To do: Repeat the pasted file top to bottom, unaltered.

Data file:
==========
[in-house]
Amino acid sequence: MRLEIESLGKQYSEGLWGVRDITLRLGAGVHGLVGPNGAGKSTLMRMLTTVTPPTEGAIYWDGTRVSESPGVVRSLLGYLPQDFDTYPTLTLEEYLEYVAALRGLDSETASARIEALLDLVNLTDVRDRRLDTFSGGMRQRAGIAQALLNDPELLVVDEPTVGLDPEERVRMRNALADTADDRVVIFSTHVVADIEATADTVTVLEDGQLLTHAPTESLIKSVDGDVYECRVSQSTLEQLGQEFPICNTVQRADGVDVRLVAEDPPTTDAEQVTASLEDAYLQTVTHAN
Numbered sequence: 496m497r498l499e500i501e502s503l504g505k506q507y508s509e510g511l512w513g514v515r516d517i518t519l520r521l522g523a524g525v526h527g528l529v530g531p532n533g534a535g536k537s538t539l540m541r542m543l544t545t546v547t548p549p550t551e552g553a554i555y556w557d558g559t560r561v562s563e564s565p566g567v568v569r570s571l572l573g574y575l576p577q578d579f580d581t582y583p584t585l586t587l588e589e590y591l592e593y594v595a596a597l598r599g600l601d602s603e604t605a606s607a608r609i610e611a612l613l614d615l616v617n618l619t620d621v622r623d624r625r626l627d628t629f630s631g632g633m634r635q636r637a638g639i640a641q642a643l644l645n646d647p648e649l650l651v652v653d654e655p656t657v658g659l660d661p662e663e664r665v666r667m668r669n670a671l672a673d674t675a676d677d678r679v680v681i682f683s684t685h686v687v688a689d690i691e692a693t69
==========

[in-house]
Amino acid sequence: MRLEIESLGKQYSEGLWGVRDITLRLGAGVHGLVGPNGAGKSTLMRMLTTVTPPTEGAIYWDGTRVSESPGVVRSLLGYLPQDFDTYPTLTLEEYLEYVAALRGLDSETASARIEALLDLVNLTDVRDRRLDTFSGGMRQRAGIAQALLNDPELLVVDEPTVGLDPEERVRMRNALADTADDRVVIFSTHVVADIEATADTVTVLEDGQLLTHAPTESLIKSVDGDVYECRVSQSTLEQLGQEFPICNTVQRADGVDVRLVAEDPPTTDAEQVTASLEDAYLQTVTHAN
Numbered sequence: 496m497r498l499e500i501e502s503l504g505k506q507y508s509e510g511l512w513g514v515r516d517i518t519l520r521l522g523a524g525v526h527g528l529v530g531p532n533g534a535g536k537s538t539l540m541r542m543l544t545t546v547t548p549p550t551e552g553a554i555y556w557d558g559t560r561v562s563e564s565p566g567v568v569r570s571l572l573g574y575l576p577q578d579f580d581t582y583p584t585l586t587l588e589e590y591l592e593y594v595a596a597l598r599g600l601d602s603e604t605a606s607a608r609i610e611a612l613l614d615l616v617n618l619t620d621v622r623d624r625r626l627d628t629f630s631g632g633m634r635q636r637a638g639i640a641q642a643l644l645n646d647p648e649l650l651v652v653d654e655p656t657v658g659l660d661p662e663e664r665v666r667m668r669n670a671l672a673d674t675a676d677d678r679v680v681i682f683s684t685h686v687v688a689d690i691e692a693t69